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Pioneer behind the IBM PC, Bill Lowe, dies aged 72

by Mark Tyson on 29 October 2013, 16:45

Tags: IBM (NYSE:IBM), Microsoft (NASDAQ:MSFT), Xerox, PC

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William C. Lowe, the man behind IBM’s first PCs, has died of a heart attack, aged 72. Lowe led a team which created the IBM Personal Computer model 5150, introduced on 12th August 1981. The system used an Intel 8088 processor, an operating system called MS-DOS 1.0 and cost $1,565 without a monitor.

Lowe began his career at IBM in 1962 as a test engineer. In 1980 he put an idea to the IBM management to create an IBM personal computer within a year. He headed up a team of 12 hardware, software, manufacturing and sales specialists to tackle this task. This wasn’t the first ever ‘PC’ as the term, simply an abbreviation of ‘Personal Computer’, had been in use for years before. However the IBM PC became an instant success due to its capabilities, expandability and its keen pricing. In the first year after its launch over 250,000 IBM PCs were sold.

IBM PC 5150 specifications:

  • Intel 8088 microprocessor @ 4.77 MHz
  • 40K of read-only memory
  • 16K of user memory (expandable to 256K)
  • 83 key keyboard including number pad and 6ft coiled cable
  • Cassette player jack
  • Built-in speaker
  • MS DOS and BASIC, VisiCalc and EasyWriter
  • Five expansion slots for memory, display, game paddles, printing connections
  • Options: printer, 16 colour monitor, 32K and 64K memory expansion cards, diskette drive, RS-232C communications adaptor

IBM PC component and software suppliers Intel and Microsoft benefitted greatly from the take off of the IBM 5150, the subsequent models and growth of the IBM PC clone industry. In 1985 an open architecture concept was agreed between IBM and Microsoft for the benefit of customers. This decision allowed rival manufacturers, like Dell and HP, to build IBM compatibles, which would cannibalise IBM’s own PC sales but boost the industry as a whole.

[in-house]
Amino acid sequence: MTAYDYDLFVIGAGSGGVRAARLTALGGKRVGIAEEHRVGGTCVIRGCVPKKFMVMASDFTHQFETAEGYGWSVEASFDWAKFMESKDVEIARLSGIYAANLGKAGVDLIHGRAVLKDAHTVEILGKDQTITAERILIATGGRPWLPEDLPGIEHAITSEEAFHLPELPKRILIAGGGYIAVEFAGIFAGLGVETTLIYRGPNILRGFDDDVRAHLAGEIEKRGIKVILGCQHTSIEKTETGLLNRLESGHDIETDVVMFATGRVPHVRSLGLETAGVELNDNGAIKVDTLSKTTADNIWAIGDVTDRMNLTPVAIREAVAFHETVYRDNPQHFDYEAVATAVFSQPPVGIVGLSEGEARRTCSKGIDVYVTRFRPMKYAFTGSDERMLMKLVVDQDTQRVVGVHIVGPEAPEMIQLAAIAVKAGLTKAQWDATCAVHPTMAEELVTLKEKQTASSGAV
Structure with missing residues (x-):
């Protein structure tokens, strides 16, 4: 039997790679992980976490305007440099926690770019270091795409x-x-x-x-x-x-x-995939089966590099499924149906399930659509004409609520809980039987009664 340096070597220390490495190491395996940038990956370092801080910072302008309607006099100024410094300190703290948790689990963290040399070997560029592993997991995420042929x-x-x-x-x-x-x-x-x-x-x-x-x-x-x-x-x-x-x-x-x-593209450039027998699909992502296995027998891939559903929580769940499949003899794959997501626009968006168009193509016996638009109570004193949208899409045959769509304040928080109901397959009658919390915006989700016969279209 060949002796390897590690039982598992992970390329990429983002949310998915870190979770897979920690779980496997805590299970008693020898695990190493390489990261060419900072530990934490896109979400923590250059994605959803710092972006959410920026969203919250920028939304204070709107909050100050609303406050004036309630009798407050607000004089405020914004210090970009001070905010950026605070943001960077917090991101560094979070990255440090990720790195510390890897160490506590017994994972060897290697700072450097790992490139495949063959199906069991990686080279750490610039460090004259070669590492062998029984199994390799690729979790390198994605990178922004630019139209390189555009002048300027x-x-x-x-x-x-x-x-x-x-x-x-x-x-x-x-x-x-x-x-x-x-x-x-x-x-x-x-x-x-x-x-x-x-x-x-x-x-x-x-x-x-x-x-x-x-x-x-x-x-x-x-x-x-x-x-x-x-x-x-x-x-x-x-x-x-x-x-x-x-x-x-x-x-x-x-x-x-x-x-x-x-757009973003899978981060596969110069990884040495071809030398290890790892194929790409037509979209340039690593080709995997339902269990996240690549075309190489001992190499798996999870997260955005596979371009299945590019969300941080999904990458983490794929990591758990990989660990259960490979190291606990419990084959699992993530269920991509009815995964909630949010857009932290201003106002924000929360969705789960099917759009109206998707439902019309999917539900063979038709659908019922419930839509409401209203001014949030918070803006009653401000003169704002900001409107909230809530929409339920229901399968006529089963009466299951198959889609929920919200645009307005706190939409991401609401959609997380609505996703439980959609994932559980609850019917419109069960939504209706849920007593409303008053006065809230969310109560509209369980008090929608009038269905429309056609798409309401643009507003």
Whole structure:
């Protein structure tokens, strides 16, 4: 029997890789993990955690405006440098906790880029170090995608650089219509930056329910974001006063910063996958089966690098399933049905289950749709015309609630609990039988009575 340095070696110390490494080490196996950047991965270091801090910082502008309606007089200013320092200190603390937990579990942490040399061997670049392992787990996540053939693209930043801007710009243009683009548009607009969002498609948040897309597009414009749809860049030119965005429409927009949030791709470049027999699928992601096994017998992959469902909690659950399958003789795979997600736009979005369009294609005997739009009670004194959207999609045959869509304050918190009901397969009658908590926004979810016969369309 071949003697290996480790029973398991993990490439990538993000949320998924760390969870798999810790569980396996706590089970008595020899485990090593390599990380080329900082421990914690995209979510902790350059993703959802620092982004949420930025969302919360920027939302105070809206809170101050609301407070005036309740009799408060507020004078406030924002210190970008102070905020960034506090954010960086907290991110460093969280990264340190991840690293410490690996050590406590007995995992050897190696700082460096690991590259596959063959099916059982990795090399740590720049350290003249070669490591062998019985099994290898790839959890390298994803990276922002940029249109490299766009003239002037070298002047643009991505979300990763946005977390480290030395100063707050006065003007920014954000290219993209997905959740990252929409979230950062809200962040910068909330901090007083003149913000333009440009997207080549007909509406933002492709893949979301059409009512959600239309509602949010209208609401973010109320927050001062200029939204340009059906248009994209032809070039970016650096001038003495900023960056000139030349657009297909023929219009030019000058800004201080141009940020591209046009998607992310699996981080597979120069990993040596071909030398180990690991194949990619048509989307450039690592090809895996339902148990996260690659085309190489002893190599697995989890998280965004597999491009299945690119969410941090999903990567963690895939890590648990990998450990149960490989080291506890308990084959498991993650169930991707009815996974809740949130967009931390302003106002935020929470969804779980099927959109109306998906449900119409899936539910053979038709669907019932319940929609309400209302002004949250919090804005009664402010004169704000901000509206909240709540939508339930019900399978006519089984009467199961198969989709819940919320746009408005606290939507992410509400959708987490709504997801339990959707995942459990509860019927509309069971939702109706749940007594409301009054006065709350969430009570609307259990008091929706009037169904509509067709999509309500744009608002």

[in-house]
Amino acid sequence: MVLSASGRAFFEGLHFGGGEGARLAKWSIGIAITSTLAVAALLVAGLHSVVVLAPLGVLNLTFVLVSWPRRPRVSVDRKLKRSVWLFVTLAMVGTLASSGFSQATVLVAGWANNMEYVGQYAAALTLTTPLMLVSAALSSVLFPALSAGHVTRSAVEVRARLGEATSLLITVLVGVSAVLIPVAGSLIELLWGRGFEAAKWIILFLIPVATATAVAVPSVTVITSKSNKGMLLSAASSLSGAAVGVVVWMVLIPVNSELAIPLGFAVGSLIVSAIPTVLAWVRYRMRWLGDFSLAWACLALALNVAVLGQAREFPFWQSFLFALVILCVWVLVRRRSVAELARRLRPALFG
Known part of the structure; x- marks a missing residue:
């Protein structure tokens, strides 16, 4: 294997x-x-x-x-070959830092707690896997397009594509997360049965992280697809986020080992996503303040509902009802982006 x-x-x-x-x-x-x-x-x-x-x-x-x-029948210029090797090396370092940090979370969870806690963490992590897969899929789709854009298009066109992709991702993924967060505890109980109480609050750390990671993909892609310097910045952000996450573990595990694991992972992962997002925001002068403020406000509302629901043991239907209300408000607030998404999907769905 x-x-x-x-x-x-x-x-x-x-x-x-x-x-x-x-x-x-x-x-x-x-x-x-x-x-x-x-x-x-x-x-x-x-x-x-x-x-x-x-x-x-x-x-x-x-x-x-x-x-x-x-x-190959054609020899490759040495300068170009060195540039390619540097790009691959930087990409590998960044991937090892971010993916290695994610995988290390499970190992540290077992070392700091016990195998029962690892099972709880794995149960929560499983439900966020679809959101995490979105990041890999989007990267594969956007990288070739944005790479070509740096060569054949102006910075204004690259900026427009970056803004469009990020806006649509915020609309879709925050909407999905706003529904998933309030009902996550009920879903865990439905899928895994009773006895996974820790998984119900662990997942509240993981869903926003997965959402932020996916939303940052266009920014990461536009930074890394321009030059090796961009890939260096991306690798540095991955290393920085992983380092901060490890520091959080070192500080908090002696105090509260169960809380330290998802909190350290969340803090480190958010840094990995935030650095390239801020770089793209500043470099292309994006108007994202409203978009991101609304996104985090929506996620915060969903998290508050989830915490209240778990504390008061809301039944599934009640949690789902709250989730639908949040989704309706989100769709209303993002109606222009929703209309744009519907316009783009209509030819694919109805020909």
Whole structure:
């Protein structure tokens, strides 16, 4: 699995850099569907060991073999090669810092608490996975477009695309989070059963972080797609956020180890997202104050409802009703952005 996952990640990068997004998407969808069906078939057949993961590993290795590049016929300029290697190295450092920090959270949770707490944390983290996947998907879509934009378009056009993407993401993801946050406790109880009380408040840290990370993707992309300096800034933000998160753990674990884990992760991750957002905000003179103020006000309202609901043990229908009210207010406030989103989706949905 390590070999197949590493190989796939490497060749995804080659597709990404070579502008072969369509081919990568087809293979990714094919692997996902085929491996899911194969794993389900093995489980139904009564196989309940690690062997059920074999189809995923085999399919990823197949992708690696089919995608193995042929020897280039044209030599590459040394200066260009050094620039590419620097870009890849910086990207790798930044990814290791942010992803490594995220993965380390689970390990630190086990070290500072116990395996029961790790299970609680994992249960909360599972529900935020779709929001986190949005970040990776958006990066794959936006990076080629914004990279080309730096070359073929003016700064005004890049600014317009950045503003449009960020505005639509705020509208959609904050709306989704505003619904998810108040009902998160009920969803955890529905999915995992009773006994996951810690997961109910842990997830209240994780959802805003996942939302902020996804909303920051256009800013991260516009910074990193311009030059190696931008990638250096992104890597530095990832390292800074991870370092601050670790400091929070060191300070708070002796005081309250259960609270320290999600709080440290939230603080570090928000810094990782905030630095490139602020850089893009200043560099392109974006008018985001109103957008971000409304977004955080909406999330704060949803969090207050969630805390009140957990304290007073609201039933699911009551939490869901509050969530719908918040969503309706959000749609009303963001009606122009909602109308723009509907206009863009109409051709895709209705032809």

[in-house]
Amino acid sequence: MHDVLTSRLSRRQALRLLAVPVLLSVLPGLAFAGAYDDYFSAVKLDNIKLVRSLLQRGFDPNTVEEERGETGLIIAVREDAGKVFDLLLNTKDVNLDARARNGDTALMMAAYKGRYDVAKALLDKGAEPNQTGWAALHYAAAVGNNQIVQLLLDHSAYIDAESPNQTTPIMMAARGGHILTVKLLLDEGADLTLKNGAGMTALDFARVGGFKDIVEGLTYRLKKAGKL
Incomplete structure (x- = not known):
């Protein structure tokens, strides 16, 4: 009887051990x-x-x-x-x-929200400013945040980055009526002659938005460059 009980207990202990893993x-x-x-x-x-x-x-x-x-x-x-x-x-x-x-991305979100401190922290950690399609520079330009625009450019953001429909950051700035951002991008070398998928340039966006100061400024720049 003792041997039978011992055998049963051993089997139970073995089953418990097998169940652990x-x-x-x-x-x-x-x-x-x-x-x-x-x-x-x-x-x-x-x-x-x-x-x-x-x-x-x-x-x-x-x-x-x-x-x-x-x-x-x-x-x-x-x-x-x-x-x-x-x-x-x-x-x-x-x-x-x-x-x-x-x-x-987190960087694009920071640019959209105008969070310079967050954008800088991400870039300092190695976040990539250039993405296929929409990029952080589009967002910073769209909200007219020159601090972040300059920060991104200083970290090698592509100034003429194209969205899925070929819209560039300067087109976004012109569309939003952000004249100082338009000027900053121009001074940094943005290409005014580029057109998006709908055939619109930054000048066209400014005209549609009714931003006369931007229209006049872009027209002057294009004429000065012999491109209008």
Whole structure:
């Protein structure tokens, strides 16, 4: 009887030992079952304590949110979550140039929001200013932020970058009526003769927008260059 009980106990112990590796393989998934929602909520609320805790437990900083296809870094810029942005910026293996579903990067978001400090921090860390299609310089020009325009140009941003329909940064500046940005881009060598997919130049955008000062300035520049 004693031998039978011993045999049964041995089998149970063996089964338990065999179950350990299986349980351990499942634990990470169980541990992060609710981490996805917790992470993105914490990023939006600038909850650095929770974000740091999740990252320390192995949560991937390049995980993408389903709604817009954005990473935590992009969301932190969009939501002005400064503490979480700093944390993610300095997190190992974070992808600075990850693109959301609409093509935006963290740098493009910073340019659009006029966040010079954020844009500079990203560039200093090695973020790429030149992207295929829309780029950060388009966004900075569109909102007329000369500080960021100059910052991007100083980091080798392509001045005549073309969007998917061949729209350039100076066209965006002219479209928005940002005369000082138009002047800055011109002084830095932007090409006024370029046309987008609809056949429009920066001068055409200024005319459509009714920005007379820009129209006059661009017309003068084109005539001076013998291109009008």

After some criticism for the open architecture decision and his attempts to beat IBM PC clone competition using new hardware and software enhancements didn’t really come off Lowe left IBM in 1988 to work at Xerox. A few years later he became president of corporate jet manufacturer GulfStream Aerospace Corporation.

Mr Lowe is survived by his wife, Cristina, five children and ten grandchildren.

HEXUS Forums :: 6 Comments

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Rest In Peace.

I don't know what's sadder, his death or the fact I miss those early days when computing was escaping from the industrial zoo into the wild. Now sometimes I wish it'd go back into the zoo and leave me alone for a while! Though not until I've finished checking Twitter, seven forums, and my email, obviously.
Isn't that a picture of a 5160 with full height hard drive.
In 1985 an open architecture concept was agreed between IBM and Microsoft for the benefit of customers.
That'd be in my top three list of advances in the field of computing. Sure Microsoft was involved (and probably had their own commercial agenda for doing this), but having this open architecture also surely allowed the flourishing of other developments, like Linux and also OS X moving to this open architecture.

If Bill Lowe was behind this then the world's lost a notable pioneer.
That's sad, RIP.